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Derotational Pronation-Producing Osteotomy of the Radius and Biceps Tendon Rerouting for Supination Contractures
Casey M. DeDeugd, MD1; William J. Shaughnessy, MD1; Alexander Y. Shin, MD2; (1)Mayo Clinic, Rochester, MN, (2)Division of Hand Surgery, Department of Orthopedic Surgery, Mayo Clinic, Rochester, MN

Background: Forearm supination contractures can occur as a result of neurologic derangement of the upper extremity. Primarily, this is observed in patients with neonatal brachial plexus birth palsy (NBPBP). The contractures develop slowly over time and become problematic in childhood as forearm pronation becomes necessary for activities of daily living including typing on a keyboard, holding utensils and writing. To correct this deformity, a radial osteotomy to realign the forearm in resting pronation is combined with a biceps tendon rerouting to prevent recurrence. We present the largest case series to date describing the outcomes of this technique.

Patients and Methods: A retrospective review identified patients who had a radial osteotomy and biceps rerouting for supination contracture between 2006 and 2016. Inclusion criteria included forearm supination contracture caused by NBPBP, patients <18 years of age, and at least 6 months of clinical and radiographic follow-up. Demographic and surgical variables, clinical outcomes, complications, reoperations and revision were documented.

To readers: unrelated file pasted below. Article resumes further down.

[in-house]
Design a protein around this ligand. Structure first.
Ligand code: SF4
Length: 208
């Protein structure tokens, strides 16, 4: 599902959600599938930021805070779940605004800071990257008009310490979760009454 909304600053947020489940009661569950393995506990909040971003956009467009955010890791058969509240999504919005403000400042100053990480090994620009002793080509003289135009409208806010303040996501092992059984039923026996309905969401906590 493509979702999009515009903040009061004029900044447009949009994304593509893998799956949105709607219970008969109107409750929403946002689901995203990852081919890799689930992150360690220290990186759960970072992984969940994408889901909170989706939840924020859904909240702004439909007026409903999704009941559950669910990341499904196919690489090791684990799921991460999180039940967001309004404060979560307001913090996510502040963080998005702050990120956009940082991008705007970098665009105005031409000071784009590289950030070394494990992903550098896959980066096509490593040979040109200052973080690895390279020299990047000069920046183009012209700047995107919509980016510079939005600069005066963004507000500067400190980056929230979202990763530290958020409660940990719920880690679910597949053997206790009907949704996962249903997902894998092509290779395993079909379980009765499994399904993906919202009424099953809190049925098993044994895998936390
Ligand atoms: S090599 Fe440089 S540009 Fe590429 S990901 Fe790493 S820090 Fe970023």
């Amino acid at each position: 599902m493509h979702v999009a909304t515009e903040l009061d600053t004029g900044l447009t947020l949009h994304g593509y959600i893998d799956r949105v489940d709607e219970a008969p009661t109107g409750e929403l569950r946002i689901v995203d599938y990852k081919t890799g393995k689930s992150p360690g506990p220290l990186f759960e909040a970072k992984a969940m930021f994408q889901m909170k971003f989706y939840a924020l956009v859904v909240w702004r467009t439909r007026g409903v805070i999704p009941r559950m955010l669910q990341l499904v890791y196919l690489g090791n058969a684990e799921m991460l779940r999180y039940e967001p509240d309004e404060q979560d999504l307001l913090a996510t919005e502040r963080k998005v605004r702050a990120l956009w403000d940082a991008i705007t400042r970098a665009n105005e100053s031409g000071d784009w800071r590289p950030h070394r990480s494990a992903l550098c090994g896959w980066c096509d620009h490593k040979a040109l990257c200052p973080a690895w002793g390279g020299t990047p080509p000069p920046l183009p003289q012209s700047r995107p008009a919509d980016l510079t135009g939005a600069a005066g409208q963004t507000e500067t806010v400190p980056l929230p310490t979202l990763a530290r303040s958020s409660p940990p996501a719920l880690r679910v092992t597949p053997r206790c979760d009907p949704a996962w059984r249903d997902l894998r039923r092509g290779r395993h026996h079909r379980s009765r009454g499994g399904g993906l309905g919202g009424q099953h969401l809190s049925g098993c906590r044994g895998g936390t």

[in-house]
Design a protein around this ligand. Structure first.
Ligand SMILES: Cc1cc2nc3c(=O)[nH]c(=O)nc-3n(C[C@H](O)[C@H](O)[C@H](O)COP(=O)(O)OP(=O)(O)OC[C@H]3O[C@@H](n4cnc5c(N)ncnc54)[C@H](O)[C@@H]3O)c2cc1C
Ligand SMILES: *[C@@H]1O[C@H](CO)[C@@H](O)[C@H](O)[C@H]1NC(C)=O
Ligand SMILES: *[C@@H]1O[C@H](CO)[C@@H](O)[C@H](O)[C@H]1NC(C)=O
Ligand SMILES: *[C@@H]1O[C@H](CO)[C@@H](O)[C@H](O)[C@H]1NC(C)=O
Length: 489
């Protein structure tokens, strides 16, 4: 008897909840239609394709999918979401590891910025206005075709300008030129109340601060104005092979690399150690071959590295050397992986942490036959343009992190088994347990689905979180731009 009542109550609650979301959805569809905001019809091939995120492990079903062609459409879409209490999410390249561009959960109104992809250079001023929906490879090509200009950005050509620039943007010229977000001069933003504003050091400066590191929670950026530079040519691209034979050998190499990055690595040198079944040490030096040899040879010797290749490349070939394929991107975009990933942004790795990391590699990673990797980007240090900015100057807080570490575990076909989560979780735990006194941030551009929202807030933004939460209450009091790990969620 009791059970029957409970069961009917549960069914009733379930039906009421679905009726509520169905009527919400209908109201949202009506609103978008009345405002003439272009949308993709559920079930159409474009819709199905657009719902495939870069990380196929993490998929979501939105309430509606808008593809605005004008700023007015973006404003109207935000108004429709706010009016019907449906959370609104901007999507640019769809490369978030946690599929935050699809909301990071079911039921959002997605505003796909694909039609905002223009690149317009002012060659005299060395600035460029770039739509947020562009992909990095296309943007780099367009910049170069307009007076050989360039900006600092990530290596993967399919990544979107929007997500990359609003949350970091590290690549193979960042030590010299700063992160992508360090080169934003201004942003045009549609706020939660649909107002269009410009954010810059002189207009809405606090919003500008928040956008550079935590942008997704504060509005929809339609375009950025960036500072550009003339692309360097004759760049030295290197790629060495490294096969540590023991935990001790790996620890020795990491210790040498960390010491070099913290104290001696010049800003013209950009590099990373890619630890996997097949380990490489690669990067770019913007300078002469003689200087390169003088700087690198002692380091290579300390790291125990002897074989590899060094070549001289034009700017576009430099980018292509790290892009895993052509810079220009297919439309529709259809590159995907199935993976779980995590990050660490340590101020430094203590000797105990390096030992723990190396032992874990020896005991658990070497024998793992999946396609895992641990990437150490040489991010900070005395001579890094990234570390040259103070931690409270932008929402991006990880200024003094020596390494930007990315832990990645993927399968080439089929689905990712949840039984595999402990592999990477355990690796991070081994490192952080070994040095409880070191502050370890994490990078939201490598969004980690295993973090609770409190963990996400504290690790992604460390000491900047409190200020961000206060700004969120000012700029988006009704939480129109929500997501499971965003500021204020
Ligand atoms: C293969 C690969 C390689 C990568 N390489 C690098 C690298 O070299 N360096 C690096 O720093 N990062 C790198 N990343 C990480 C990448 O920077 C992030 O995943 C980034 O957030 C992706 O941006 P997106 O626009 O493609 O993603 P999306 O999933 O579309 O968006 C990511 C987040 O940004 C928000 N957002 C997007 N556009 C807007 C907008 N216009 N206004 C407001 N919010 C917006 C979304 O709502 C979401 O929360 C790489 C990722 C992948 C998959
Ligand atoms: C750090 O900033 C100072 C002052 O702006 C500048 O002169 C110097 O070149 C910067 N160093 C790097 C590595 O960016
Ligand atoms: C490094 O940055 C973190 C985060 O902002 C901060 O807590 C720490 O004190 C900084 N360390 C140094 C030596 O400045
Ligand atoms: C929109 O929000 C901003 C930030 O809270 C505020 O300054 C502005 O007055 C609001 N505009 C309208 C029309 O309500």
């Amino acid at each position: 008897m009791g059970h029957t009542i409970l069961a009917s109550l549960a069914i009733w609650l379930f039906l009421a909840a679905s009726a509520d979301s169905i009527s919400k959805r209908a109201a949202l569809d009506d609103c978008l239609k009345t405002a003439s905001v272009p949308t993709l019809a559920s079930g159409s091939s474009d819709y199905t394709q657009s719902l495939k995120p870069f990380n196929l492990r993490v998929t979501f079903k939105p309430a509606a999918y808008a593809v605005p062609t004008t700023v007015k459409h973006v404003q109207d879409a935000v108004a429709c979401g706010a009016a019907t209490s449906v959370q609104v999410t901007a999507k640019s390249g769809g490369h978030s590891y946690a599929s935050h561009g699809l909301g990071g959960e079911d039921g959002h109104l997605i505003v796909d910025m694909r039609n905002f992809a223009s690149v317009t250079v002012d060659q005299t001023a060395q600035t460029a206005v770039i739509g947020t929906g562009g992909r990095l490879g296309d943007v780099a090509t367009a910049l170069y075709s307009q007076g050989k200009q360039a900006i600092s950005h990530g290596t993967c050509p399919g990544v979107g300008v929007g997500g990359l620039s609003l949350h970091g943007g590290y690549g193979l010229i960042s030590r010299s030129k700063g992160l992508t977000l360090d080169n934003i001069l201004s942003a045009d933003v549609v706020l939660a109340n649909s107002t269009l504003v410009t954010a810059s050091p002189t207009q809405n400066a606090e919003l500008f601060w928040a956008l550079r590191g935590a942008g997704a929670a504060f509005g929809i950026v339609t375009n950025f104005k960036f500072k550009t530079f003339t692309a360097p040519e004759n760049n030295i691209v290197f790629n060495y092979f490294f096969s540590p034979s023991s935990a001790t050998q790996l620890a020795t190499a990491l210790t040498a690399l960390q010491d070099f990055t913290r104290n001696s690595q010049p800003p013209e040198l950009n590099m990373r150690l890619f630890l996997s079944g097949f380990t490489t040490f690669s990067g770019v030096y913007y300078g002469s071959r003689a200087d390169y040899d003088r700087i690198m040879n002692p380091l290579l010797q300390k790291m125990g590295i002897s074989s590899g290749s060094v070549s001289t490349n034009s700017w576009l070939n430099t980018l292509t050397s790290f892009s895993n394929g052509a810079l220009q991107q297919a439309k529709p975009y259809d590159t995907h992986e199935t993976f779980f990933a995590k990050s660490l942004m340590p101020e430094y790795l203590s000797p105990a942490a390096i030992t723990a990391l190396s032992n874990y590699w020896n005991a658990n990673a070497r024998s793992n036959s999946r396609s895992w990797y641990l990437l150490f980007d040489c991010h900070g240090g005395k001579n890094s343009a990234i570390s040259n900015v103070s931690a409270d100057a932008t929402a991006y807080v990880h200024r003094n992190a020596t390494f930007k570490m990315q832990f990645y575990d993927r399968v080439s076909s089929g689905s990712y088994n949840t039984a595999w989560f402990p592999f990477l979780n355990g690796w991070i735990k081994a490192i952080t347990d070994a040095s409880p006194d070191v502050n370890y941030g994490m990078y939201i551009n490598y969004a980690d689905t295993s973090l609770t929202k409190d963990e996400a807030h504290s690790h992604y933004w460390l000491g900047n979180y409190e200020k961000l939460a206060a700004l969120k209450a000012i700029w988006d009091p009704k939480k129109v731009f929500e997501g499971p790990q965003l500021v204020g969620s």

Results: There were 22 patients identified who met inclusion criteria. The mean follow-up was 3 years (range, 6 months 9 years). There was a statistically significant difference in resting forearm position from an average of 70 arc of motion from an average of 56 of supination preoperatively to 14 of pronation postoperatively (p < 0.001). Correspondingly, there was an increase in passive forearm pronation from 0 preoperatively to 66 postoperatively (p <0.01) and expected decrease in passive forearm supination from 78 preoperatively to 41 postoperatively (p<0.01). In total, there were no complications. Excluding revisions, there were 15 reoperations in 14 patients (63%) including 14 for hardware removals and 1 FCU to ECRB tendon transfer for the flexion contracture of the wrist. There were 2 revisions for osteotomy nonunion, both of which went onto eventual union. Overall survivorship free from revision surgery was 95% at 12 month, 88% at 24 months and 88% at 60 months.

Conclusions: These are results of a novel surgical solution for forearm supination contracture through the combination of derotational osteotomy of the radius and biceps tendon rerouting. Our results show a significant benefit in forearm positioning and passive pronation with excellent survivorship. This is the first study, and thus the largest series to date, to document and report outcomes after surgical intervention for supination contracture using this technique.


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